The following guest article was submitted and written by Herson Blake:
There’s something pretty incredible about taking an adventure off the beaten path; traveling somewhere more remote and feeling like a real adventurer rather than a tourist. However, traveling to remote destinations requires a lot more planning and preparation than staying in an all-inclusive villa, and there are a few things you need to consider outside of this, like taking time off work for starters. If you get PTO (paid time off), then great! But if you don’t get paid for the time you take away from the office, you’ll need to think a little harder about your budget and what you can afford. The rewards are incredible and you really learn what you’re made of, but it’s not for the faint of heart! Here are six tips for traveling to remote destinations.
Chances are, you’re going to be a long way from medical help, and likely somewhere that is prone to diseases such as malaria and typhoid. Mosquitos are a big factor in spreading these diseases, so make sure you use mosquito repellent and keep up a high level of cleanliness. Check which vaccinations you need before you go to make sure you’re protected, and bring a water purifying bottle, as you may not have access to clean drinking water at all times.
Learn some basic first aid (at least!)
I am a certified Wilderness First Responder, which means I’ve taken part in an intense course over 80 hours (plus 3-day re-certs!) that’s taught me to administer treatment to patients even when an hour or more away from definitive medical care. Of course, this isn’t something everyone needs to do, but being aware of some basic first aid is very useful, especially for minor injuries such as cuts and burns. Make sure you have a well-stocked first aid kit with you at all times and that you, or someone in your group, know how to use it.
When you find yourself in the middle of nowhere, you’re going to want to ensure you have everything you could possibly need – and more! Make sure you can access your maps offlineif you’re using your phone or a sat nav, as there will likely be long periods of time where you have limited reception – in fact, it wouldn’t hurt to have a paper copy, too. Write down your emergency contacts, in case anything happens to your phone. Also keep things like a torch and a multitool to hand, as you never know what you’re going to need.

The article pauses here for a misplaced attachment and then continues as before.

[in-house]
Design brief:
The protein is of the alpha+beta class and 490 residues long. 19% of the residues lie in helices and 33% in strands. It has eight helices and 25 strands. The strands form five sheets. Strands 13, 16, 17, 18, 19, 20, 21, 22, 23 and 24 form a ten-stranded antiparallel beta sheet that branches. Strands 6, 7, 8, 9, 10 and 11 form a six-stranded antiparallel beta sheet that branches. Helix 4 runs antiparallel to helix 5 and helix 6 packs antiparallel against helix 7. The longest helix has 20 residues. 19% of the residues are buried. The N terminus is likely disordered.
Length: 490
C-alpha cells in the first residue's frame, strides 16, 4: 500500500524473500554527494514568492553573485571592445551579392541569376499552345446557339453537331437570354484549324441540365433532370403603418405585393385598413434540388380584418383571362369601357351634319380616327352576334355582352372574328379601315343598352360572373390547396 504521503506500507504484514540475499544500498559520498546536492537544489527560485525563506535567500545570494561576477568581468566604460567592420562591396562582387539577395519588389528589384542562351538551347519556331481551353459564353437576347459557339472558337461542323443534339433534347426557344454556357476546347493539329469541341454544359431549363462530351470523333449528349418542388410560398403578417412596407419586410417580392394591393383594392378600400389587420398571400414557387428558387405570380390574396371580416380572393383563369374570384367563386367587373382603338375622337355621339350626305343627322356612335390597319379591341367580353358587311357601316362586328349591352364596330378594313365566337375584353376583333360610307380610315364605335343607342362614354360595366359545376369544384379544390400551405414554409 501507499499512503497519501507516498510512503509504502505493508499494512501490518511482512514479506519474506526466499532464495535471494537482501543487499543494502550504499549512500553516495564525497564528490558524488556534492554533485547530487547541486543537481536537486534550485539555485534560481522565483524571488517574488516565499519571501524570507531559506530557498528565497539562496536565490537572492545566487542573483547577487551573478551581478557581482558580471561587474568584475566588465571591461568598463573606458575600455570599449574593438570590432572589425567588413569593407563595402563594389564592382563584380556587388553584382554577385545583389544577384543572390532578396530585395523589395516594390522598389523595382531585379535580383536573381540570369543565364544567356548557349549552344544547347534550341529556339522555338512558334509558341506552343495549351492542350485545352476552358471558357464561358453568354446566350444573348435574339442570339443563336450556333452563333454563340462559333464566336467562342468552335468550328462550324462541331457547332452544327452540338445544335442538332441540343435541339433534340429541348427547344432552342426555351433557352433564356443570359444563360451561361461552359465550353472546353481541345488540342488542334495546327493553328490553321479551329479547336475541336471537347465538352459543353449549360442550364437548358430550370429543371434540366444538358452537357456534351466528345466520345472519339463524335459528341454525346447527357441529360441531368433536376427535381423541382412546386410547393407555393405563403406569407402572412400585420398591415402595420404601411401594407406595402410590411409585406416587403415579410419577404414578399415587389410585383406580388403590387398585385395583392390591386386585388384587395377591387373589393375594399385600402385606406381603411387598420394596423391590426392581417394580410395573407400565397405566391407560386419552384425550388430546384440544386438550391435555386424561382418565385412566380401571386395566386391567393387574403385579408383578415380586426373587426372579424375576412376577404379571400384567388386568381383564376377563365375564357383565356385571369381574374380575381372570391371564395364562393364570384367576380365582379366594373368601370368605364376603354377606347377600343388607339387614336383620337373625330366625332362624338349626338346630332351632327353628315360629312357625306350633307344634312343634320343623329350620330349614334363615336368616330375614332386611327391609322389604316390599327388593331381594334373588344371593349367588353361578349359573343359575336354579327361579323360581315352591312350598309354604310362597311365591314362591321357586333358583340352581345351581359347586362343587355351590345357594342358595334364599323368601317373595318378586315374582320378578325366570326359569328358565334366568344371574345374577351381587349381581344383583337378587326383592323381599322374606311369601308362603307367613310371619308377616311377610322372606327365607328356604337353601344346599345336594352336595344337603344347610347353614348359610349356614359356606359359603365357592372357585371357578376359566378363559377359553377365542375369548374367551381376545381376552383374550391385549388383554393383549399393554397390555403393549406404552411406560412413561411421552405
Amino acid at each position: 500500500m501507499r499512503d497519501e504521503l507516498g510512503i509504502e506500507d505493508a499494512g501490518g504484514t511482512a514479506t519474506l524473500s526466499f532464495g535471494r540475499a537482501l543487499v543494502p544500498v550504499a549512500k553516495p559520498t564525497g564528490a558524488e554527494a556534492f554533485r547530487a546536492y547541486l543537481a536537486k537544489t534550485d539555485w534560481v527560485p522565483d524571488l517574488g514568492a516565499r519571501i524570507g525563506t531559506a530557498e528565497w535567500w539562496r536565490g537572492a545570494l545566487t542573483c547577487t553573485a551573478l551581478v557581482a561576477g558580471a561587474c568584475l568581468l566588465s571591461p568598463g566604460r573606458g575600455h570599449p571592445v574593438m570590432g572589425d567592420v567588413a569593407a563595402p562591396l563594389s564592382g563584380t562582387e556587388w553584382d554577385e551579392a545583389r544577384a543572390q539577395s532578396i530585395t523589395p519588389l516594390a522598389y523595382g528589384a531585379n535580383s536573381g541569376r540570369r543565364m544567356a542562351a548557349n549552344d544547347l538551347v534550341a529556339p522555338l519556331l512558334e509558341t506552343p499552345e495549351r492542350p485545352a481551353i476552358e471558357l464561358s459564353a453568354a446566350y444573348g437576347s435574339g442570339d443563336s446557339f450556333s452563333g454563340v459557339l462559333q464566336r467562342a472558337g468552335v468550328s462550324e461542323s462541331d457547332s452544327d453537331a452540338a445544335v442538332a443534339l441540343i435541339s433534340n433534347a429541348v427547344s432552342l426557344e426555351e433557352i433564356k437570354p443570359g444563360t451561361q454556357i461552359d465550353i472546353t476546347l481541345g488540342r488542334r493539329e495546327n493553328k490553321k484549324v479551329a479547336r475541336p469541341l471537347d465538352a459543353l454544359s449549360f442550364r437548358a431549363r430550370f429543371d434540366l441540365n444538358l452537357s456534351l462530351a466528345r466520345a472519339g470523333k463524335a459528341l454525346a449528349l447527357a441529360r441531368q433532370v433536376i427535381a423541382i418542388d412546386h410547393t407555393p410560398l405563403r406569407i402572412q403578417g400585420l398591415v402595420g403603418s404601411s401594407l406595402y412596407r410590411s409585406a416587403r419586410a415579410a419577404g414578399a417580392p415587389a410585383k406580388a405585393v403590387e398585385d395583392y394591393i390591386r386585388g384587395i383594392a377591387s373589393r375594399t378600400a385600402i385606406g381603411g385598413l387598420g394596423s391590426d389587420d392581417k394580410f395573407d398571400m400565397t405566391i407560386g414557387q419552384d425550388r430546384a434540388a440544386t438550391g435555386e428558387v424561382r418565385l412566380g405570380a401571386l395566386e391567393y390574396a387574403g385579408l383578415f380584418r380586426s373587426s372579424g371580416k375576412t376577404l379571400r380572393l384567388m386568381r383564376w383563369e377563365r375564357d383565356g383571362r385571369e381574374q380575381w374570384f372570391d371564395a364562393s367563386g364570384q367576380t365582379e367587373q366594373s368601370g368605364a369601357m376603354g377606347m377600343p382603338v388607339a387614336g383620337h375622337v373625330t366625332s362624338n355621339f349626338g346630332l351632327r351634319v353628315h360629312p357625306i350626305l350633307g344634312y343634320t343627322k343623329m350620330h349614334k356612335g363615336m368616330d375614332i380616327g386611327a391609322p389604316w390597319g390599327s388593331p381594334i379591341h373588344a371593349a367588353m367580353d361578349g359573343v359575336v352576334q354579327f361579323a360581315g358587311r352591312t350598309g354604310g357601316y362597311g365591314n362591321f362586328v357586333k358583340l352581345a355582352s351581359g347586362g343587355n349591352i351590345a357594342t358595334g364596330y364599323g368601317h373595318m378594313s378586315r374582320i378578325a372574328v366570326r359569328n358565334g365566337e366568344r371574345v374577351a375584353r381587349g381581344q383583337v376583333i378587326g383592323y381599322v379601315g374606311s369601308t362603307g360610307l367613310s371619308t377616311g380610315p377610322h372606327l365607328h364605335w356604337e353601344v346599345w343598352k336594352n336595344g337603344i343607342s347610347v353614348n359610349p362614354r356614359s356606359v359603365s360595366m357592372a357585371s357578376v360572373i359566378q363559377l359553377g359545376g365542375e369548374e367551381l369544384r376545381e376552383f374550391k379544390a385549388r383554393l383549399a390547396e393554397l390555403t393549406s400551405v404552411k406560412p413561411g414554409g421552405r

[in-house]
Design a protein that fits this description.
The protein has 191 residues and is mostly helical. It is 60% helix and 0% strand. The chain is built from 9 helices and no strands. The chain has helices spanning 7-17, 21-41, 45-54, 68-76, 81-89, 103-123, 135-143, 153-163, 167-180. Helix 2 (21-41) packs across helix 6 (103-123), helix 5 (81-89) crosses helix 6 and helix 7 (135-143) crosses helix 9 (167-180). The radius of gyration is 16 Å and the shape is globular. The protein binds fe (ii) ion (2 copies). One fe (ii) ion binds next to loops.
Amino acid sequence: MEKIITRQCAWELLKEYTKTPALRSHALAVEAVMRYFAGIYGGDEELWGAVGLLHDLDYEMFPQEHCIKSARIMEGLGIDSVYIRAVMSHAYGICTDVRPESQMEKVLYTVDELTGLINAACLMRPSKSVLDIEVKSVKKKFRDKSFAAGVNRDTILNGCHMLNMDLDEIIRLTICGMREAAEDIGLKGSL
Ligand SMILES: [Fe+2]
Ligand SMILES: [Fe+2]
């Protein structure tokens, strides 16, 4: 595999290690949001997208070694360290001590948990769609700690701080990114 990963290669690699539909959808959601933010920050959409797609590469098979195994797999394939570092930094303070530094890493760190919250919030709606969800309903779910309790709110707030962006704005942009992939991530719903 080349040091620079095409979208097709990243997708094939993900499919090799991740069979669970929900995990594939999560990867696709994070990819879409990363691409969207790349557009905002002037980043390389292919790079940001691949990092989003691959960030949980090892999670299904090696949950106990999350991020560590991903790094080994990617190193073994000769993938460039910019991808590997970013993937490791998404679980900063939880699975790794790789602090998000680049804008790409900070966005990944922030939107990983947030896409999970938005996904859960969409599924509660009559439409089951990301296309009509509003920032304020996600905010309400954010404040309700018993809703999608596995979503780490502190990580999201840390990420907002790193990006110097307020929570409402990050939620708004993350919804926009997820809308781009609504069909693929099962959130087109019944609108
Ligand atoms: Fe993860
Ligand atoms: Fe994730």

Check your insurance
1Cover data shows that 1 in 6 travelers had to make a claim in 2016, so it’s really important to make sure that your travel insurance covers you for what you’re doing and where you’re going. Hopefully, you won’t ever need to claim on your insurance, but it’s important to have it, just in case! You can either speak to your provider to ensure that you have the right insurance or click here, to know if your insurance service provides accidental coverage, or if the coverage you have meets your requirements. A substantially efficient policy will always be important to your well-being than having no life insurance at all. This would be advisable especially if there are adventure activities involved in your trip.
If you are driving yourself, you’ll want to ensure your vehicle is in perfect working order and is appropriate for the weather and terrain. Make sure you have a spare tire and basic tools, as well as enough spare fuel to get you out of danger, spare water for a few days, and emergency supplies of food rations – just in case. If your work as a lorry/truck driver is taking you to some remote places, you’ll want to make sure that you’re prepared for every eventuality, because, outside of the cities, road networks aren’t always up to scratch and could be potentially hazardous for HGVs. Do the smart thing and get yourself insured (check this site for more info on coverage – www.isisinsurance.co.uk) as you don’t want to be left injured or with your vehicle damaged and have no financial safety net behind you to seek medical help or repair work.
Do your research
All trips require some level of research, but especially when traveling to a remote destination. Check out any risks, such as dangerous animals, or extreme weather, and see what other travelers recommend for the best routes. Read blogs to get some ideas of what you might need to be aware of, and always heed the advice and warnings of national park websites and other government organizations. It’s also useful to know how far away you are from amenities, in case you do end up needing them.